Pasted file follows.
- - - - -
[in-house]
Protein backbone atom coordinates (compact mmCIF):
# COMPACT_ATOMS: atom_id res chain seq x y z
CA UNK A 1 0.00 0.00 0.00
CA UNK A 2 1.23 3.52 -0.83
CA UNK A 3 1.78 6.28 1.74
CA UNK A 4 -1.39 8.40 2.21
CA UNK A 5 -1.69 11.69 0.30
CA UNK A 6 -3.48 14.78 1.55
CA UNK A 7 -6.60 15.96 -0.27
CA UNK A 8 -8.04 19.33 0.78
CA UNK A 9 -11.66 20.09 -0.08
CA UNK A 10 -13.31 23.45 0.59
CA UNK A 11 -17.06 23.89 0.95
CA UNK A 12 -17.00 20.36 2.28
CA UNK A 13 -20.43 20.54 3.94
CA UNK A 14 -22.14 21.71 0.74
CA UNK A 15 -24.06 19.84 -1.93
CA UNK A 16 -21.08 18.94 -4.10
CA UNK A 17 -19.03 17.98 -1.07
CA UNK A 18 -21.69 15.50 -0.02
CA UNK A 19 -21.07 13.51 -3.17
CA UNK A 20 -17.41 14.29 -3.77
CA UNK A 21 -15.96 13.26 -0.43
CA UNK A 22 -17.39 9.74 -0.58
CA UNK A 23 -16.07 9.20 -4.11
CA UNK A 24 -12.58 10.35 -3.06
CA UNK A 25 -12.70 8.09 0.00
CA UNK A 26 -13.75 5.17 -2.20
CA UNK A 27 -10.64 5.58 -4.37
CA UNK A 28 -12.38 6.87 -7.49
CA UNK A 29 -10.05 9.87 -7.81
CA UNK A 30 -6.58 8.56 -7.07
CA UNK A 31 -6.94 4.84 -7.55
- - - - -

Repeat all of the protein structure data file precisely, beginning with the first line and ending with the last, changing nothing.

[in-house]
Protein backbone atom coordinates (compact mmCIF):
# COMPACT_ATOMS: atom_id res chain seq x y z
CA UNK A 1 0.00 0.00 0.00
CA UNK A 2 1.23 3.52 -0.83
CA UNK A 3 1.78 6.28 1.74
CA UNK A 4 -1.39 8.40 2.21
CA UNK A 5 -1.69 11.69 0.30
CA UNK A 6 -3.48 14.78 1.55
CA UNK A 7 -6.60 15.96 -0.27
CA UNK A 8 -8.04 19.33 0.78
CA UNK A 9 -11.66 20.09 -0.08
CA UNK A 10 -13.31 23.45 0.59
CA UNK A 11 -17.06 23.89 0.95
CA UNK A 12 -17.00 20.36 2.28
CA UNK A 13 -20.43 20.54 3.94
CA UNK A 14 -22.14 21.71 0.74
CA UNK A 15 -24.06 19.84 -1.93
CA UNK A 16 -21.08 18.94 -4.10
CA UNK A 17 -19.03 17.98 -1.07
CA UNK A 18 -21.69 15.50 -0.02
CA UNK A 19 -21.07 13.51 -3.17
CA UNK A 20 -17.41 14.29 -3.77
CA UNK A 21 -15.96 13.26 -0.43
CA UNK A 22 -17.39 9.74 -0.58
CA UNK A 23 -16.07 9.20 -4.11
CA UNK A 24 -12.58 10.35 -3.06
CA UNK A 25 -12.70 8.09 0.00
CA UNK A 26 -13.75 5.17 -2.20
CA UNK A 27 -10.64 5.58 -4.37
CA UNK A 28 -12.38 6.87 -7.49
CA UNK A 29 -10.05 9.87 -7.81
CA UNK A 30 -6.58 8.56 -7.07
CA UNK A 31 -6.94 4.84 -7.55